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|Title: ||Usable technology? Challenges in designing a memory aid with current electronic devices|
|Authors: ||Inglis, E. A.|
Newell, A. F.
Wilson, B. A.
|Affiliation: ||University of Abertay Dundee. School of Social and Health Sciences|
|Keywords: ||Memory disorders|
|Issue Date: ||Mar-2004|
|Publisher: ||Taylor & Francis|
|Type: ||Journal Article|
|Rights: ||Published version (c)Taylor & Francis, available from DOI: 10.1080/09602010343000129|
|Citation: ||Inglis, E. A., et al. 2004. Usable technology? Challenges in designing a memory aid with current electronic devices. Neuropsychological Rehabilitation. 14(1&2): pp.77-87. Available from: DOI: 10.1080/09602010343000129|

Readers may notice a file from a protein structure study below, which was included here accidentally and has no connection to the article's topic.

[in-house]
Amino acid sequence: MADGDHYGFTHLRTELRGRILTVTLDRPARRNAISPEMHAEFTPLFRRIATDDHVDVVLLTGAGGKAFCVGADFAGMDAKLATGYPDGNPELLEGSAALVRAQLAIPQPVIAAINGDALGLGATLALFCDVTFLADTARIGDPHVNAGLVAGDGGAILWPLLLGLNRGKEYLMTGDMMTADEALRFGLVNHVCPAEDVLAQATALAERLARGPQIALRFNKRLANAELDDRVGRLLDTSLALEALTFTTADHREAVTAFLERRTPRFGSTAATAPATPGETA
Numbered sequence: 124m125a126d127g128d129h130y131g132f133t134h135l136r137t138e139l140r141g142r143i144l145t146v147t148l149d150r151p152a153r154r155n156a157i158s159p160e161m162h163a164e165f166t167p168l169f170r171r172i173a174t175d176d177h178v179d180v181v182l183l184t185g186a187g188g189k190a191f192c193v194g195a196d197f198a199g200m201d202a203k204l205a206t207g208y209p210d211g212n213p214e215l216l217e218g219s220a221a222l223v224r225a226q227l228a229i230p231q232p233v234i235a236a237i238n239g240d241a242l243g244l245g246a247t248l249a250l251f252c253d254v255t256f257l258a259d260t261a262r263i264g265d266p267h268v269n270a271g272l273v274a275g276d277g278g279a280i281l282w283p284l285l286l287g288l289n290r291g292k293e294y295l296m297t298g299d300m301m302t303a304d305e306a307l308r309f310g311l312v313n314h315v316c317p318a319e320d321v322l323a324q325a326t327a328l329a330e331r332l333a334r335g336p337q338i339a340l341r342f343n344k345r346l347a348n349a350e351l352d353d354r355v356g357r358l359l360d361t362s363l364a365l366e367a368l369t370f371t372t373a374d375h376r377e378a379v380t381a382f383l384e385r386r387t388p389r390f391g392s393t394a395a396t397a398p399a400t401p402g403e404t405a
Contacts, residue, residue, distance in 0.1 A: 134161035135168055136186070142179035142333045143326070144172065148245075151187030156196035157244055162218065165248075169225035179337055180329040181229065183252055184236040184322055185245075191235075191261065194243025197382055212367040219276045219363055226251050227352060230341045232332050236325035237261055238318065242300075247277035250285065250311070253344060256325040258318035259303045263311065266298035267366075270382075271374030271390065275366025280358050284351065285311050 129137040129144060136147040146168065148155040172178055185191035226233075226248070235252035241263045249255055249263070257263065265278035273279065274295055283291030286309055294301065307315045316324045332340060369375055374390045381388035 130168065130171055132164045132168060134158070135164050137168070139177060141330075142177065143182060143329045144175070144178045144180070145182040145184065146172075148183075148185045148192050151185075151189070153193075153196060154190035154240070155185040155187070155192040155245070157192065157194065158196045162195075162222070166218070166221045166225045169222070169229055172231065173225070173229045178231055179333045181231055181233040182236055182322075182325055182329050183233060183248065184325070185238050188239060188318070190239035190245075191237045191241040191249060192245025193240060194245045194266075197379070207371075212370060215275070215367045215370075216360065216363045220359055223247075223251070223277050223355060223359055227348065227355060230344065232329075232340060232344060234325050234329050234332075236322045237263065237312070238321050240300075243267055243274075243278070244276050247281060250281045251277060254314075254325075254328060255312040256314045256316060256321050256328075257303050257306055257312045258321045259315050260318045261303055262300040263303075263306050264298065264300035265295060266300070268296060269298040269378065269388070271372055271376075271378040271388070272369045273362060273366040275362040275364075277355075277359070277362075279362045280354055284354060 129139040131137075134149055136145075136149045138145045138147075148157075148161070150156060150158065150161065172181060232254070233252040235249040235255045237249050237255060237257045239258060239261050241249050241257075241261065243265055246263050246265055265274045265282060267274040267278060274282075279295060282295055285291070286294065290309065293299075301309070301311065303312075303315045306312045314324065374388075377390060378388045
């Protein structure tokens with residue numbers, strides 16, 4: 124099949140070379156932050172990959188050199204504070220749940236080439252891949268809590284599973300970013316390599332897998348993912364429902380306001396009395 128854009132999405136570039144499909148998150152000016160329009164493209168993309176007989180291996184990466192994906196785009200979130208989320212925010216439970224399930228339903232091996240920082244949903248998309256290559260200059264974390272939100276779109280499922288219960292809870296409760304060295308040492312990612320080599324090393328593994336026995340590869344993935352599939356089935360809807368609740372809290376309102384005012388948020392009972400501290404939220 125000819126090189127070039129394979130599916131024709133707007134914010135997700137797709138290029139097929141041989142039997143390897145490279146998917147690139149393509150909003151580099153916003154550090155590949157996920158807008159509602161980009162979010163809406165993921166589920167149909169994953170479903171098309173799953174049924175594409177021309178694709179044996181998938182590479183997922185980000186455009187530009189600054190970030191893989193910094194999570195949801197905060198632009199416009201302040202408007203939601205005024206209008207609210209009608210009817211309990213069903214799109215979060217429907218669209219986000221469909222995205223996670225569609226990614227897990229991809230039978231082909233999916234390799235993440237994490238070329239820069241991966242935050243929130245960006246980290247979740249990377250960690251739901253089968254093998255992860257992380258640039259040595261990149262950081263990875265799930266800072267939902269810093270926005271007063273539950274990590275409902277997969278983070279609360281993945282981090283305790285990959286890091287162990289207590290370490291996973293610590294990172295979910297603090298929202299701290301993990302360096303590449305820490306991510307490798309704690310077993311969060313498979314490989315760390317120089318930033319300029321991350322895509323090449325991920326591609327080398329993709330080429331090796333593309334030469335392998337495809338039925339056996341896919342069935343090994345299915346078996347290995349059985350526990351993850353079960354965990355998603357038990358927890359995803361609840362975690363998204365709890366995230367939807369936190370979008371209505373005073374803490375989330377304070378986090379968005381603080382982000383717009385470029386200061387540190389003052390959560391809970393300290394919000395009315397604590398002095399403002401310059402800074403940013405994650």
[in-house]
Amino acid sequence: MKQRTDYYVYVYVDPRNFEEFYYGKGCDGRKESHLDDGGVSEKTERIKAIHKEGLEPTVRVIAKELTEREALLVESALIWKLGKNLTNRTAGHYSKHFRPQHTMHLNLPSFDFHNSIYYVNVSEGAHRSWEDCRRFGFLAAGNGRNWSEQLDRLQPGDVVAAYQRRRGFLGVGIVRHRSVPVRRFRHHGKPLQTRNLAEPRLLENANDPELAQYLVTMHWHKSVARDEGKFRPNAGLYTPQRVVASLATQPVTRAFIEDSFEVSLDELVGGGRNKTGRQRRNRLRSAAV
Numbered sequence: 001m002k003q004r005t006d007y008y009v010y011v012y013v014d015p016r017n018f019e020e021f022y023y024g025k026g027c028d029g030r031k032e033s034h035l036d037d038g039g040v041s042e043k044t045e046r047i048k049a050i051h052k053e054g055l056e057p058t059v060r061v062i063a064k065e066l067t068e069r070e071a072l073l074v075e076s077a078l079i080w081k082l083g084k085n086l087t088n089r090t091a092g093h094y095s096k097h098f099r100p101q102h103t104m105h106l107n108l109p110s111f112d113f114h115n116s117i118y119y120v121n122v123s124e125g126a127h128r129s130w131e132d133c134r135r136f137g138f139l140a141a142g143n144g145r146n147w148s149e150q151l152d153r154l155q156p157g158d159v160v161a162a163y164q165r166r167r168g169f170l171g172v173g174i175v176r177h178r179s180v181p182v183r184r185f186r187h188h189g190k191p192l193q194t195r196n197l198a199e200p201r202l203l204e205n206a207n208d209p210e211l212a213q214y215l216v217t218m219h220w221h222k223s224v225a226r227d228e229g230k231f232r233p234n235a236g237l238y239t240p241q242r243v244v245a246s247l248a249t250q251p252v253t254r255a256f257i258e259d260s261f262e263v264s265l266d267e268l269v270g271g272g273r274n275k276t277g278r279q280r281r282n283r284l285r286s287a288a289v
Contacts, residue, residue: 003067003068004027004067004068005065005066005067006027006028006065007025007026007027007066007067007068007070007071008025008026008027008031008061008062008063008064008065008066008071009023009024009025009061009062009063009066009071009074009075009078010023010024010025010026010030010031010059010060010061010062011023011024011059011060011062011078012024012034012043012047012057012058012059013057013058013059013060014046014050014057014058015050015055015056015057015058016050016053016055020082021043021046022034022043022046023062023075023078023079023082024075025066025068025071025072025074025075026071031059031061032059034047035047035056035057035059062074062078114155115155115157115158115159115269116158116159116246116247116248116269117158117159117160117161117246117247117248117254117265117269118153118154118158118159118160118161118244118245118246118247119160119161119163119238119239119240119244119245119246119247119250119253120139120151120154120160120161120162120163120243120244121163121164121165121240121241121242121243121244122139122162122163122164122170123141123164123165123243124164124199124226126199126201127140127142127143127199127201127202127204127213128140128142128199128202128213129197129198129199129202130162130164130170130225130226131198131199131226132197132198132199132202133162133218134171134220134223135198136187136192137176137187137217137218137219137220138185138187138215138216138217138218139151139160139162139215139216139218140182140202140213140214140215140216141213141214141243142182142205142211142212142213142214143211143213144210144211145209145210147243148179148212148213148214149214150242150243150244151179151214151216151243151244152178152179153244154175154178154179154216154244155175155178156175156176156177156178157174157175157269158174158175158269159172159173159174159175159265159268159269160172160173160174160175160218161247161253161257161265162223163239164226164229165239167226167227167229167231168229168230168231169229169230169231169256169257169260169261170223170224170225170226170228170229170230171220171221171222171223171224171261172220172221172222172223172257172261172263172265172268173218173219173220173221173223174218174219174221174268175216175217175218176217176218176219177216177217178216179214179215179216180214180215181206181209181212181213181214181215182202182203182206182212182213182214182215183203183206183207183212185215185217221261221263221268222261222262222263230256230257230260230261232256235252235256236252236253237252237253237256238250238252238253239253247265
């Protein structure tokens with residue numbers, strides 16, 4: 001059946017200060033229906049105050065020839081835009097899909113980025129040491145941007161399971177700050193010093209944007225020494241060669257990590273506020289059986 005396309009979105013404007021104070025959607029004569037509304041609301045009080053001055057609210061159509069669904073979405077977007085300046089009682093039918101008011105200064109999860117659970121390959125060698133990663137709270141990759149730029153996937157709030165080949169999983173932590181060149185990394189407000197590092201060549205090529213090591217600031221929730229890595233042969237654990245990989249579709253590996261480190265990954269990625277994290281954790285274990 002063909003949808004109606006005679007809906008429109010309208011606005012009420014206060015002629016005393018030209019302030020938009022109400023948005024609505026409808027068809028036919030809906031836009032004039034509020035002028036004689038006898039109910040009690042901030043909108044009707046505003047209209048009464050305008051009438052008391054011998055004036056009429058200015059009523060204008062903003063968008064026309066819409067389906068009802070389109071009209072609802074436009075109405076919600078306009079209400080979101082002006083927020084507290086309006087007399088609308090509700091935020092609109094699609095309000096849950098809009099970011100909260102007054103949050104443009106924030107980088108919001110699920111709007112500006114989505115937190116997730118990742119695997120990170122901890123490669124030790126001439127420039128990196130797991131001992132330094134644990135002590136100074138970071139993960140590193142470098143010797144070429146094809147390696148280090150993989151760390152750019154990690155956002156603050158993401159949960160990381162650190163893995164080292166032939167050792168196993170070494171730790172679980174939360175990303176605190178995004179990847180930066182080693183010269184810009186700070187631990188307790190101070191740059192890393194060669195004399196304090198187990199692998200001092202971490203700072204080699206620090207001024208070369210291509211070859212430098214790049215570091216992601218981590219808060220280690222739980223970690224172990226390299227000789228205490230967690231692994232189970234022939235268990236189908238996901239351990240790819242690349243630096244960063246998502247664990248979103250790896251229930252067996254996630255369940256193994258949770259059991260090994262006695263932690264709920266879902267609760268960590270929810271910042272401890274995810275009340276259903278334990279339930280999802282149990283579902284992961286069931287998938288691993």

|Abstract: ||Electronic devices such as personal digital assistants have been used successfully as aids for people with memory problems. However, limitations of currently available technology can create difficulties in the day-to-day use of such devices, particularly for memory impaired and older users. These limitations are discussed in terms of both the software and hardware issues, and are set into the context of challenges raised in the current study, which is to design a new interactive memory aid. It is concluded that a specific, customisable software interface is needed to meet the dynamic requirements of the user groups. This would also go some way to compensate for the hardware limitations until available technology becomes more usable.|
|Appears in Collections:||Social & Health Sciences Collection|
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